“You really went out on a limb.” Franz laughed.

Almost choking, I forced a chuckle, though my heart was still pounding.

“Why don’t we make ourselves comfortable?” he suggested. The claw swept me up and floated me through emptiness.

It set me down in a wide-open, glowing chamber. Light emanated from floating globes. I sat in a chair made out of the amorphous shadow-material. Unbelieving, I noticed Franz sitting across from me. “Well, I never thought I’d see you again, sir,” he said. “You’re looking well.”

I squinted at him. In the low-light it was hard to determine if he was a hologram. “So this is what death is like,” I mumbled.

“Excuse me, sir, but you’re not dead. Perhaps I should clear things up for you.”

“That would be nice, Corporal. Get to it.”

“I’ll speak freely, sir, if you don’t mind. You were incorrect assuming you could keep up with the Black Isinglass.”

“How fast is it then?”

“Speed doesn’t matter. It travels primarily through time.”

I let out an amused sigh. “How?”

“Stop thinking about this as a ship. Think of it as a life form.”

“What kind of life form?”

“It traverses the galaxies and beyond. Distance means nothing to it.”

I imagined a creature, camouflaged with an impenetrable skin of night, slithering between stars to feed on intelligent life. In my mind’s eye I saw trillions of them, swimming through the infinite void.

“Why does it abduct people?”

“It does what any intelligent creature would do. It observes and occasionally interacts with its environment. I have never considered myself a prisoner. I mean, after the initial shock. I could leave at any time.”

“But how are you here? How did you follow me to the edge of the universe?”

“Did you forget that you came to it?”

“So, you could’ve gone home but you chose to become one with an alien entity?”

“All the star systems you’ve seen, all the years you’ve lived, are as nothing compared to what it has shown me. The fact that I am sitting here in front of you proves that its power is almost infinite.”

“And why do you bother talking to me now, Corporal, if you have access to so much power?”

“I admire your courage, Commander. And I want to give you a choice. Why not join us?”

I stood up suddenly, thrust against the sponge-like surface of the floor and grabbed at Franz, who became as intangible as fog. “You’re not real,” I said.

“My physical body is no longer necessary.”

“This is all just happening inside my head.”

“Perhaps it would be simpler if I showed you.”

Without warning I stood on a beach. A blinding ocean scintillated as far as the eye could see. My feet were so ecstatic at the feel of solid ground that tears rushed to my eyes. I picked up a million grains of sand in a palm, tore off the rags I wore and felt the light of a powerful sun on my chest.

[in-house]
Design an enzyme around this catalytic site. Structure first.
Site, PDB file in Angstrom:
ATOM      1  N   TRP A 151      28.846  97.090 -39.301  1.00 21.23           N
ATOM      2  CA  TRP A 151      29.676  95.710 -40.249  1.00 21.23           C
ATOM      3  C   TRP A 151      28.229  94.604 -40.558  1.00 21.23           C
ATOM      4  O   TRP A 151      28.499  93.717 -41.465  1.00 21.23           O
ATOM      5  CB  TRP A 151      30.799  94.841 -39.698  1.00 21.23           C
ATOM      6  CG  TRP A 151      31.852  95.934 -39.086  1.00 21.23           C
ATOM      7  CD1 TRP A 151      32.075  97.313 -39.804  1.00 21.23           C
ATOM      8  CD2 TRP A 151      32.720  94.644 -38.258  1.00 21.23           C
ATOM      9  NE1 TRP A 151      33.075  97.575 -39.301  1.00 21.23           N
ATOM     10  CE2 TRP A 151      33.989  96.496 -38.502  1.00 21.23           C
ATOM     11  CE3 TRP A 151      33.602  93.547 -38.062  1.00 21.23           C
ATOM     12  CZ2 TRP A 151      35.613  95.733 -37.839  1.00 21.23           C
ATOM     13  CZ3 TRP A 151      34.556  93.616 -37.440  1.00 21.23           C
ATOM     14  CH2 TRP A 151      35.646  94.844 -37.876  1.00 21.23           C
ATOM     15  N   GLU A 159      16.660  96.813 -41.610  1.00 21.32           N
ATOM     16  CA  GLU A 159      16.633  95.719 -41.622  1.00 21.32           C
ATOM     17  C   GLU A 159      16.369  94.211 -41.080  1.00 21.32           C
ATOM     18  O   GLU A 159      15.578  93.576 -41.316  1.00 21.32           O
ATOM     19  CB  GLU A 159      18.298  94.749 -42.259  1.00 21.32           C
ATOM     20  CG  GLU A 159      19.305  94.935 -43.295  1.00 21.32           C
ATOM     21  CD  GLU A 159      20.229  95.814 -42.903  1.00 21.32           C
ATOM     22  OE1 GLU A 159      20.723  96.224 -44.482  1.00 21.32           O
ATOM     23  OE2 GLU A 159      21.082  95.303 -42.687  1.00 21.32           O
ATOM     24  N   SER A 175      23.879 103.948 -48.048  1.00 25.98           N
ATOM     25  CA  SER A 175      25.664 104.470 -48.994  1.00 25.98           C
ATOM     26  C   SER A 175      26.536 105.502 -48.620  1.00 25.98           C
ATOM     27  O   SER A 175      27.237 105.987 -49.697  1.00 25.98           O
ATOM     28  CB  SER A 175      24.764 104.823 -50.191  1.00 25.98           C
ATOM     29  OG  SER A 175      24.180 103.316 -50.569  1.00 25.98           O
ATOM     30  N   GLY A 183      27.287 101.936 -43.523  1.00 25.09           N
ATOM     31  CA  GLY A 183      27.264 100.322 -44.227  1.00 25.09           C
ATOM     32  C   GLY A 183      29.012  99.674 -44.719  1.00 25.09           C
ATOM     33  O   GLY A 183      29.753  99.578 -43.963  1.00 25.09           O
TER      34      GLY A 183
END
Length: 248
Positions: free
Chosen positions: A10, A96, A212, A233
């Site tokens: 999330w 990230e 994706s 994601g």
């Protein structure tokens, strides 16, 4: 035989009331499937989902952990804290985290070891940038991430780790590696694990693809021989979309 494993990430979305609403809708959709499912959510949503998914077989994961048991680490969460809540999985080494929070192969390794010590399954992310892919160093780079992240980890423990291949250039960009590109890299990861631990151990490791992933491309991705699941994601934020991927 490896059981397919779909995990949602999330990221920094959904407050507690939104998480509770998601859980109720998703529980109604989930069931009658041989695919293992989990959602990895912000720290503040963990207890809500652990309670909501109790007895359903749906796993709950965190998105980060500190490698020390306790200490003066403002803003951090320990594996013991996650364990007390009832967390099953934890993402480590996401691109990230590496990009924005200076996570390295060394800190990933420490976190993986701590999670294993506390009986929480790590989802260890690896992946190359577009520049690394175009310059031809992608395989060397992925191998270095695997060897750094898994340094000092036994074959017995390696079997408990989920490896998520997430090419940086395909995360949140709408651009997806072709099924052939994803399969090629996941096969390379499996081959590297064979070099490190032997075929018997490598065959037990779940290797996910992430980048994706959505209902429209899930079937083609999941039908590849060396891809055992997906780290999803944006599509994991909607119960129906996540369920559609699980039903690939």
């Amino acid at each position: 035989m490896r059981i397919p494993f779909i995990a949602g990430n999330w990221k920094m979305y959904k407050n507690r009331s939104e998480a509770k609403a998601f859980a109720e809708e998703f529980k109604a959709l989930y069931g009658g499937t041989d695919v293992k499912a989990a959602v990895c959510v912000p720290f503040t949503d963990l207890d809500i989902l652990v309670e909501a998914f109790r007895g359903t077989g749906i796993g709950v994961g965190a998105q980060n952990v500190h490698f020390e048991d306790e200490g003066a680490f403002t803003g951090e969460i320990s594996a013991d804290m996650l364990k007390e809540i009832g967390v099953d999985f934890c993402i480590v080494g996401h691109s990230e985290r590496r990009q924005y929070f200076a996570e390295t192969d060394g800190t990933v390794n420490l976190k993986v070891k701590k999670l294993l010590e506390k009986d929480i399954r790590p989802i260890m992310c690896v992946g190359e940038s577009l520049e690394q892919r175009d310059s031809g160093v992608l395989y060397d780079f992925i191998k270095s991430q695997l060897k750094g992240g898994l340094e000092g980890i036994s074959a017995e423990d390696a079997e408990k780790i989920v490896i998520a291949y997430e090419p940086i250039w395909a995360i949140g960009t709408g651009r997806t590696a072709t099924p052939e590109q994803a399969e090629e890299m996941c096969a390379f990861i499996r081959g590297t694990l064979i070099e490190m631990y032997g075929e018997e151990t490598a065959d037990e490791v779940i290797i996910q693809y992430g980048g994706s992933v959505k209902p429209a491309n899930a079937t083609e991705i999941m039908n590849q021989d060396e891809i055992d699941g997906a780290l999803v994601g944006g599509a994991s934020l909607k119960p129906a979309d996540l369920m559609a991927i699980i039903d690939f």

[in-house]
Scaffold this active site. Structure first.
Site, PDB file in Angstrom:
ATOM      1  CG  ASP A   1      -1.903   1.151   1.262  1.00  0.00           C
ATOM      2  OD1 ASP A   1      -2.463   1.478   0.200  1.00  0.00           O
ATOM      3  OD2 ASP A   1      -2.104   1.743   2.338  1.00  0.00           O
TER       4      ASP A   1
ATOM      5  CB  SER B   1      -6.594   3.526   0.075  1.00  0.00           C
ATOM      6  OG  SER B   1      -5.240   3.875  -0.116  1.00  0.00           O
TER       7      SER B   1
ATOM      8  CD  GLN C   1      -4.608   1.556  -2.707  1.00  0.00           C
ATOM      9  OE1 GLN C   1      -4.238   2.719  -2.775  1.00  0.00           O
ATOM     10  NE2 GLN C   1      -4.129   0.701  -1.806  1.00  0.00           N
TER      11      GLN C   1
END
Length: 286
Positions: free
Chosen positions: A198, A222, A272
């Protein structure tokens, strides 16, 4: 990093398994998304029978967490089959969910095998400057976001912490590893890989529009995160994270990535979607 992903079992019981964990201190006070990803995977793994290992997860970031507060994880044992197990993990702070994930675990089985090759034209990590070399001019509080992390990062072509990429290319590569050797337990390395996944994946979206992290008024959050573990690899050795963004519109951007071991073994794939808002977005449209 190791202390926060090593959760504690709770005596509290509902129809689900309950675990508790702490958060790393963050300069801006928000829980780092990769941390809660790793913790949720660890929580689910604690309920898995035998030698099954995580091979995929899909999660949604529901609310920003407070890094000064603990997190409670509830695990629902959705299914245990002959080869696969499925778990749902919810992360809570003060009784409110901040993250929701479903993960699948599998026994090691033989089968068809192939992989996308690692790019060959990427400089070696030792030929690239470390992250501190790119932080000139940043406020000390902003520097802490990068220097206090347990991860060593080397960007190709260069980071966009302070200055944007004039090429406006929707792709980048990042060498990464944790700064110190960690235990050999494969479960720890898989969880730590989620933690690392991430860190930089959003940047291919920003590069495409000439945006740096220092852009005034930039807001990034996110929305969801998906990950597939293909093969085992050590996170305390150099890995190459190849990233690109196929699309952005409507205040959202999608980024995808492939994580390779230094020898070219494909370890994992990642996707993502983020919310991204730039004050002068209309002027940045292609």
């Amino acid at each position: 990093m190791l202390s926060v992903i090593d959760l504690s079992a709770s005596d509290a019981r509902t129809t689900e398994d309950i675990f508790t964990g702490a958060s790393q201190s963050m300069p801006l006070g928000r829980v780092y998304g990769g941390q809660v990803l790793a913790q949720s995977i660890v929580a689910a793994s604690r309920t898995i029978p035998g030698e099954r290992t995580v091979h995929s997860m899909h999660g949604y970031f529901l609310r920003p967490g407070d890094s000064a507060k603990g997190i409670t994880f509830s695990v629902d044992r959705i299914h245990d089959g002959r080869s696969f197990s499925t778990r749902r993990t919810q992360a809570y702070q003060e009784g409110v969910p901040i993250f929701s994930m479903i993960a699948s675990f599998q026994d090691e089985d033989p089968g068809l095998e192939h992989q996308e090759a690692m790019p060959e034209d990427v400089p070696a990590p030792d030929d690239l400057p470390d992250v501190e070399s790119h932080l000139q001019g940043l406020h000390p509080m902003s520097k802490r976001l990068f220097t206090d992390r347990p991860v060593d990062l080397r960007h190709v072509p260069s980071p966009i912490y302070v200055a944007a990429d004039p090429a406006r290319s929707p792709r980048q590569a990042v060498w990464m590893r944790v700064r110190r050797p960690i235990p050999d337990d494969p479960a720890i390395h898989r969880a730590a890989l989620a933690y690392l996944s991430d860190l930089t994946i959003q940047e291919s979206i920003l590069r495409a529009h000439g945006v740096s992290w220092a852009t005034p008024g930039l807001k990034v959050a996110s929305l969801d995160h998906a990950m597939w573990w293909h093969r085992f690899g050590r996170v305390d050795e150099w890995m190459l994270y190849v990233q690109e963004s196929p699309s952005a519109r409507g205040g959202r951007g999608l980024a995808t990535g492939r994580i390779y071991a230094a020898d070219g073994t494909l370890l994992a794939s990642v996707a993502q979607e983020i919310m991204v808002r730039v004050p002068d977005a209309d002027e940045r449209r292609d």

Trees sprang up and twisted toward the sky, sparkled with fruit and withered. Insects swarmed the fertile soil, devouring whole forests; volcanoes erupted on the horizon as darkness rushed into the sky, swallowed it, and poured molten pitch over the shifting landscape. Mountains shattered and dispersed as the ocean rushed through a colossal crevice to the planet’s interior.

Dark-skinned men and women, happy and naked, erected huts, conspired, hunted. They waged wars, wandered, conquered everything, and built giant pyramids like brilliant stalagmites. Whole cities rose as the sky was drained of color, filling with movement and gleaming vehicles.

The world burst apart and recreated itself a hundred times a minute, a thing too complex to comprehend, and my eyes were riveted. Eons passed, civilizations died out, slithered through the sludge of progress and were crushed by disaster. And finally stars spread before me, changing course, dancing to some imperceptible music and then flitted into invisible immensities like celestial sprites.

“You understand now,” Franz’s voice said, issuing from inside my head. Once again I stood in the disappointing darkness of the Black Isinglass, speechless.

“Isn’t this what you wanted?” he asked. “You were never one to settle for anything less than the infinite.”

“This thing can go anywhere? Any time and place?”

“Of course. What more could you ask for?”

I stood silent for a long time, regarding Franz’s plain, immaterial face.

“I can show you more if you still doubt.”

“There’s no need, Corporal.”

“Then you’ve decided?”

“Not exactly. I want you to take me back to Earth. Take me back to the year 1519. In Spain. No, a few years earlier, so I can prepare.”

“What? Why?” Franz’s expression betrayed genuine perplexity.

“That’s an order, Corporal. That’s where I’m going. It’s the year Magellan set sail.”

Copyright © 2019 by Ljubo Popovich